Los Angeles / Orange County Libraries
2Jul/120

New PsycBooks

PsycBooks has added 8 new titles and 56 classic titles to the database.   A complete list can be found here.  Below are the 8 new titles.  A guide to using PsycBooks, one of the EBSCO databases, can be found by clicking on ""Finding Guides" on the right side of this page.

Bilingualism and Cognition: Informing Research, Pedagogy, and Policy  2011.  By Eugene E. García, PhD and José E. Náñez, Sr., PhD

“Bridging the fields of cognitive psychology and education, this volume presents research-based knowledge on language acquisition and learning to leverage the strengths and achievements of bilingual children. By understanding the neurocognitive mechanisms of the bilingual brain and the need for socioculturally inclusive pedagogy, educational researchers and practitioners can better serve this rapidly growing population.”

  Malpractice in Psychology: A Practical Resource for Clinicians  2011  By David L. Shapiro, PhD and Steven R. Smith, JD

Many mental health practitioners fear malpractice suits. Besides obtaining the appropriate insurance, clinicians should understand the risks of lawsuits and implement risk management strategies to avoid unfounded malpractice claims and decrease the likelihood of being sued successfully.  With combined expertise in psychotherapy and law, Shapiro and Smith expertly navigate you through the unfamiliar territories of professional liability, negligence, informed consent, privacy and confidentiality, HIPAA, defamation, violence and suicide, and trials and settlements.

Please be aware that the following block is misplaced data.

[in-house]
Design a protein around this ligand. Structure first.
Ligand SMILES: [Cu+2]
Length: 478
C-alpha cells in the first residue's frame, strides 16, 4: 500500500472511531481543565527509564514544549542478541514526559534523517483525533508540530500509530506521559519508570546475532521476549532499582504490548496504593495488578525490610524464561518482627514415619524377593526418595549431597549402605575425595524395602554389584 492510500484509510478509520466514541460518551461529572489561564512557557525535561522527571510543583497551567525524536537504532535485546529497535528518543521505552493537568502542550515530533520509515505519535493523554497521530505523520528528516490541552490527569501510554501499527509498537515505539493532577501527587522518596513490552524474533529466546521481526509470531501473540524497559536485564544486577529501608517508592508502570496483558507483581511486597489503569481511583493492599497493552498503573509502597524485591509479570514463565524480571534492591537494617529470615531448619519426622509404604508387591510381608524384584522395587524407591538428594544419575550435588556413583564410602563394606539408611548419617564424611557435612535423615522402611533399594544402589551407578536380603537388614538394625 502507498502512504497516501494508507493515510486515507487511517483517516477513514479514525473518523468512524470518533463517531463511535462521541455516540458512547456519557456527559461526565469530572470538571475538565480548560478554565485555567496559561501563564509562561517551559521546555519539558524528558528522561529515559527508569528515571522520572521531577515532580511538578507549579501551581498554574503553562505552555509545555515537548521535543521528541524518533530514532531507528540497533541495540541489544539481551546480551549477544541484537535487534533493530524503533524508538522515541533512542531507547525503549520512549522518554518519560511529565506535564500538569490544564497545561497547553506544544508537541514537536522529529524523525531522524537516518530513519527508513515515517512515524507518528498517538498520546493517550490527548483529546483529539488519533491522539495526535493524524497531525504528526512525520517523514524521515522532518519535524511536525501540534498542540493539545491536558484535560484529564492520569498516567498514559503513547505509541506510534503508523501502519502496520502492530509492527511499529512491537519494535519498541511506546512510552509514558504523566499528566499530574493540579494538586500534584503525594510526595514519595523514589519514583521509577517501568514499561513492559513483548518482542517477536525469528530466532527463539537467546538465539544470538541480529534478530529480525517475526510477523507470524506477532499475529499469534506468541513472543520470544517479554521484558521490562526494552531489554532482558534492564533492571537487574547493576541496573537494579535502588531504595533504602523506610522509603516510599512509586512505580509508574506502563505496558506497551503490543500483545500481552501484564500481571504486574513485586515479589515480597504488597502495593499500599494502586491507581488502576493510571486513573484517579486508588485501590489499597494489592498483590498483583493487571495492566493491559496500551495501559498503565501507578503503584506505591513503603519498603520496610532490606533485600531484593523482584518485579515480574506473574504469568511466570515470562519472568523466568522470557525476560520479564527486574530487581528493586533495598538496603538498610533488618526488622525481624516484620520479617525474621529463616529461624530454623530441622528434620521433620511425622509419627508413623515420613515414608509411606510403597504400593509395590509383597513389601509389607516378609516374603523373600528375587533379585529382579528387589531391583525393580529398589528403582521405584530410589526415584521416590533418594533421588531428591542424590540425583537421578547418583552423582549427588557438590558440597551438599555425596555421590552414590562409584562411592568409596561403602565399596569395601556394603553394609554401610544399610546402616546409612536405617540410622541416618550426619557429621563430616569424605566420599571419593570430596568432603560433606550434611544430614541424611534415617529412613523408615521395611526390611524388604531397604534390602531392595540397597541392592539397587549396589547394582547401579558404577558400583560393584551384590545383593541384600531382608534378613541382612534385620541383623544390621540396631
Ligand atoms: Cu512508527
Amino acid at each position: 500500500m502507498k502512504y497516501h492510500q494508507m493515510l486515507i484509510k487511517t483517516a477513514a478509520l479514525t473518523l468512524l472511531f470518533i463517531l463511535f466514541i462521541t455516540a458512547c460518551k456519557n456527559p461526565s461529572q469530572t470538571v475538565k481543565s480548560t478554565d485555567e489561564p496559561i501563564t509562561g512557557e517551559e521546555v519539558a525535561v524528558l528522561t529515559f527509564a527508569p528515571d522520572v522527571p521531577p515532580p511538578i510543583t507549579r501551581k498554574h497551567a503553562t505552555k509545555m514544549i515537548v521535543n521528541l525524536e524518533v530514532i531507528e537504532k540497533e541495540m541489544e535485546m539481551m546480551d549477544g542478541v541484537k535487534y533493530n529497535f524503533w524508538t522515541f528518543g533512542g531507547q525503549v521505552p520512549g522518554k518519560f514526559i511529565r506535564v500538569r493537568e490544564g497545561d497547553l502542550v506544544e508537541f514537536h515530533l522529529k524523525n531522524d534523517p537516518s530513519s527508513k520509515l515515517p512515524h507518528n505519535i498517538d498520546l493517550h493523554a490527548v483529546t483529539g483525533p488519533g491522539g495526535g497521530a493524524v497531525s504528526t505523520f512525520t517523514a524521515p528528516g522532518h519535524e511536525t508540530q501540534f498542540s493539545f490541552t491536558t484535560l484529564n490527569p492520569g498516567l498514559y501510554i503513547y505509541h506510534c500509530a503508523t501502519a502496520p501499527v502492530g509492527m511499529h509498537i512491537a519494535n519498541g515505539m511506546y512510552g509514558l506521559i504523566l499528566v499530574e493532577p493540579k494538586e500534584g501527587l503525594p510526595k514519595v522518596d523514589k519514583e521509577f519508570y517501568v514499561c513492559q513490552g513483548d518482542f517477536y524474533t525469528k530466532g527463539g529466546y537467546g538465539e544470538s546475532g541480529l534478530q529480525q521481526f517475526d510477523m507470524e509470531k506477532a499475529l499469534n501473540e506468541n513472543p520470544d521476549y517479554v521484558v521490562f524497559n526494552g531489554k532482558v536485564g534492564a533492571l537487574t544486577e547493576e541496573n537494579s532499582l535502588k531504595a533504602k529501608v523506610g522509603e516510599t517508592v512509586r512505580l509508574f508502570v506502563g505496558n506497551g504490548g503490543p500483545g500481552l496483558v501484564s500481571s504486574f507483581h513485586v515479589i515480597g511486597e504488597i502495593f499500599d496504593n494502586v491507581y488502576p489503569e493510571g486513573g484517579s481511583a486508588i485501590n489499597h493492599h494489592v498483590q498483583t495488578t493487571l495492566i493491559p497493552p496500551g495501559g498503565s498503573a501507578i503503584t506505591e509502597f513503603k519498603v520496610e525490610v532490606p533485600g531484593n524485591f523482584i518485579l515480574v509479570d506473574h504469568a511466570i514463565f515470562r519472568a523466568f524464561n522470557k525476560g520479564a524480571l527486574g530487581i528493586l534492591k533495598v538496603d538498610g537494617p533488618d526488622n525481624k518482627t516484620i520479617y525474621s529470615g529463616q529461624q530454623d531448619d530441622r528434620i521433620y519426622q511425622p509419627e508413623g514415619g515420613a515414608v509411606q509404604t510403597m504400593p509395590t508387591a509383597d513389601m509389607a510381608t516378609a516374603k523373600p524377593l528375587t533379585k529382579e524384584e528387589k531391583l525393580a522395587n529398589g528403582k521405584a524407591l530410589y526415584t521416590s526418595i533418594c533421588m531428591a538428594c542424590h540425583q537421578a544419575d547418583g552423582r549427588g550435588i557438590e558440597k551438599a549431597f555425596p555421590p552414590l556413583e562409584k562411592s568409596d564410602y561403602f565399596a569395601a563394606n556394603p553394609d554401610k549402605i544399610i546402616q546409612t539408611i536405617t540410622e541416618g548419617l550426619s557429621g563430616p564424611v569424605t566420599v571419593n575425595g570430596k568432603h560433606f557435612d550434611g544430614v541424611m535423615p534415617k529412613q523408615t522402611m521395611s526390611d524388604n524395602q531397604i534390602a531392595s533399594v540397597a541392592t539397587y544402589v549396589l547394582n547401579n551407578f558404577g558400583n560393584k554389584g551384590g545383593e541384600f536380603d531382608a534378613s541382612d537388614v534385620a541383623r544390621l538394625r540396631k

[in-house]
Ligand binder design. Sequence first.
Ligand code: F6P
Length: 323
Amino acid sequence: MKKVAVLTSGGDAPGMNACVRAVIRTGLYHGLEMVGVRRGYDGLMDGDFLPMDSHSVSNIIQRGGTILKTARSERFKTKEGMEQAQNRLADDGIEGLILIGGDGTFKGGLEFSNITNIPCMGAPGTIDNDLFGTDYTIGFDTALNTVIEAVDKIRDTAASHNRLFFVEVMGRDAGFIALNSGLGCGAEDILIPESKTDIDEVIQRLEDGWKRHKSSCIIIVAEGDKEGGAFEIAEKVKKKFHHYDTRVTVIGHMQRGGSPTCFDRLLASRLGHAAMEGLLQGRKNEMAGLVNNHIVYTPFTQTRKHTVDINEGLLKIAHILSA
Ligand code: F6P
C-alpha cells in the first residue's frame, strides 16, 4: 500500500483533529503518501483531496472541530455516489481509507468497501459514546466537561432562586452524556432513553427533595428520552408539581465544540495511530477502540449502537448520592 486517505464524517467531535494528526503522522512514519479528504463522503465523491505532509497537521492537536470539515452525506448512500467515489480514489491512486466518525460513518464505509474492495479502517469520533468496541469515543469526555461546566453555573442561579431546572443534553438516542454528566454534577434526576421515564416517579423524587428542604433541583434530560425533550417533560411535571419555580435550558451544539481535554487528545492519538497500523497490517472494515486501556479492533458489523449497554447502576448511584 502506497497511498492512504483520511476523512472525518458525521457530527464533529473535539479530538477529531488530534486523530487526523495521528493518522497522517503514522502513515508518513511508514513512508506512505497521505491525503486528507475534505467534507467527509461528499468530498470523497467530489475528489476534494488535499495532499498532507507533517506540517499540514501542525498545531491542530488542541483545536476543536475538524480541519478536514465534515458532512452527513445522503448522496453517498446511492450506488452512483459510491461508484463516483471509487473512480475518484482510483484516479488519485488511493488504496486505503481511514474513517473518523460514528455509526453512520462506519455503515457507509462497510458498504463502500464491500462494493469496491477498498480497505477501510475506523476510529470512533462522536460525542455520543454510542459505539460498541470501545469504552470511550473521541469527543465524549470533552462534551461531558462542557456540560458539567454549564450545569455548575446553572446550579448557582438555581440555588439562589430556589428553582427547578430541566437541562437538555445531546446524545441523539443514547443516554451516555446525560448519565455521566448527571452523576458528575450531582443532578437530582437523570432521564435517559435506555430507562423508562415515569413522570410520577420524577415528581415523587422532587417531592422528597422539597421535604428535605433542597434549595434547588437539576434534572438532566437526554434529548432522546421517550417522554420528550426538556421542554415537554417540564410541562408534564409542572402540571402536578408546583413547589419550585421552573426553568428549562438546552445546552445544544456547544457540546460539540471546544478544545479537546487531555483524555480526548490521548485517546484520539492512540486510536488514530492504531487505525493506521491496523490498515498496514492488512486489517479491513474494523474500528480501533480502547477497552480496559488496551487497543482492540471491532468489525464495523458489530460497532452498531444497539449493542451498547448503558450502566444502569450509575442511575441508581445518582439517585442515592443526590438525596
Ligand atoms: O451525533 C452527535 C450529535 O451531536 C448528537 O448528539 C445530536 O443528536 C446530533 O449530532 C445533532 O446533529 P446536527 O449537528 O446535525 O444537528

Self-Regulation: Brain, Cognition, and Development  2011  By Andrea Berger, PhD

This book presents self-regulation as a crucial link between genetic predisposition, early experience, and later adult functioning in society. Individual chapters examine what self-regulation is, how it functions, how genetic and environmental factors influence its development, how it affects social and academic competence in childhood and adulthood, what pathologies can emerge if it is under-developed, and how it might be fostered in children.

  Coparenting: A Conceptual and Clinical Examination of Family Systems  2011  Edited by James P. McHale, PhD and Kristin M. Lindahl, PhD

This landmark book was written to encourage good coparenting as a powerful support for at-risk children's social, emotional, and behavioral needs.  Part I examines the concepts, theories, and empirical research underlying this dynamic socialization force characteristic of all family systems. Part II explores clinical applications—the various assessments and interventions that promote coparenting. The result is essential reading for those interested in the welfare of children.

  Couples Therapy for Domestic Violence: Finding Safe Solutions   2011   By Sandra M. Stith, PhD; Eric E. McCollum, PhD; and Karen H. Rosen, EdD        This book is currently being used in Dr. Sorrell’s MM636 class.